Secretary of Defense Leon Panetta is in Asia trying to prevent further escalations in tensions over several territorial disputes.
National elections in South Korea and Japan and a leadership transition in China’s Communist Party have fueled a resurgence of nationalism and historical animosities. Although the rhetoric and political posturing is coming from all three countries, it is the underlying threat of growing Chinese military power and aggressive assertion of its maritime claims that is most responsible for the tensions.
As an ally of both Japan and South Korea, the U.S.is in position to help create opportunities for more intensive trilateral cooperation. We have no such mechanism to manage Chinese grievance and ambition. For that, we must have strong allies and a forward-deployed military and defenses with the credibility to deter Chinese adventurism.
China and Japan both claim the Diaoyu/Senkakus Islands, which are in an oil-rich area and near key shipping routes.Beijing also asserts sovereignty over virtually the entire South China Sea, which includes rich fishing areas and potentially high oil and gas reserves.China’s claims are rejected by several Southeast Asian nations that are much closer to the disputed regions.
Tokyo is also engaged in a dispute with South Korea over the Takeshima/Dokdo Islands, which is exacerbated by South Korean bitterness over Japan’s 35-year occupation of the Korean Peninsula(1910–1945).
While in Tokyo, Panetta and Japanese Defense Minister Satoshi Morimoto announced that the United States would build a second X-Band radar in Japan to augment the bilateral missile defense system. Panetta highlighted that the new radar would “enhance our ability to defendJapan…help forward-deployed U.S. forces, and [protect] the U.S. homeland from the North Korean ballistic missile threat.”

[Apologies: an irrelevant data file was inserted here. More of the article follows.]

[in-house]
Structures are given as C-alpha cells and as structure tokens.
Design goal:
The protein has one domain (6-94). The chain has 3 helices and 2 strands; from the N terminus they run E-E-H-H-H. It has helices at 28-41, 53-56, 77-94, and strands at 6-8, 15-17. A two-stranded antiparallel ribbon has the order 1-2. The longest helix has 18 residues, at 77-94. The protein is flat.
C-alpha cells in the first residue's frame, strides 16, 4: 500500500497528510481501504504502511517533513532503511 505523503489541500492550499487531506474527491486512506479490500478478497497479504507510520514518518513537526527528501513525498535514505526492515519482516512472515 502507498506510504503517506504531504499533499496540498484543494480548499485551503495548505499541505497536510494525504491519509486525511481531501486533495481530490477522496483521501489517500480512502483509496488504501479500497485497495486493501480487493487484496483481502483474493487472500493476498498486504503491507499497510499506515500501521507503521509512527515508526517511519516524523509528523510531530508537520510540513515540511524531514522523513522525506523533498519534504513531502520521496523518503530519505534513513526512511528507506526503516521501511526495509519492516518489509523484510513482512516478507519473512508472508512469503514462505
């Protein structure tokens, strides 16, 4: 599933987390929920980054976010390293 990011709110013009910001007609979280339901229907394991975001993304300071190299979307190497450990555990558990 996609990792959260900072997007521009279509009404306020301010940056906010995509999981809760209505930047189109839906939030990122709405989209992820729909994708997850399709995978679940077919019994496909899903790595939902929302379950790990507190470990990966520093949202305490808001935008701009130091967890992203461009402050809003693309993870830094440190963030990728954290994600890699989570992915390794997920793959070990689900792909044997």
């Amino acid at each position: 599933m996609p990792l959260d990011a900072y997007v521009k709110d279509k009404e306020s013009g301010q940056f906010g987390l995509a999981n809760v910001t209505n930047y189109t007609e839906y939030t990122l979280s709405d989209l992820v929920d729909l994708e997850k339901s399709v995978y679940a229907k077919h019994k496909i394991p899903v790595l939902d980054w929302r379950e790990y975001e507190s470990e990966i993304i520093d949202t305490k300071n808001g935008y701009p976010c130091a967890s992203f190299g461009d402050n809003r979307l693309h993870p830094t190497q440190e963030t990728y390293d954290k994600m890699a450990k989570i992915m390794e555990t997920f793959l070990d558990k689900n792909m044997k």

U.S.officials sought to reassure Beijing by emphasizing that the radar was not aimed at China.U.S.officials had previously commented that missiles defenses built against the North Korean threat would also be able to track Chinese ballistic missiles.
The Obama Administration has stumbled in its efforts to address growing regional concerns over Chinese aggressiveness while simultaneously claiming that “it’s not about China.” The Obama Administration’s much-vaunted “Asia pivot” strategy affirming U.S. resolve to protect national interests in Asia has been strong in rhetoric but weak in implementation.
The pivot strategy relies in part on greater allied contributions, an effort hampered by the recent deterioration in relations between South Korea and Japan. The two countries had been on the verge of signing an intelligence-sharing agreement when Seoul pulled out due to rising domestic criticism over an accord with South Korea’s former colonizer. Yet greater military and political cooperation between Seoul and Tokyo would protect South Korean, Japanese, and U.S. national interest in Asia.
Washington should continue urging both allies to strengthen military cooperation to improve deterrence and defense against common threats. However, Washington needs to walk a fine line, neither appearing to take sides in territorial disputes nor becoming embroiled in highly emotional historical issues.
The Obama Administration should worry less about repeatedly “reassuring”China and instead make clear to Beijing that the United States is taking steps at the request of Asian nations that are worried by greater Chinese assertiveness and attempts at intimidation.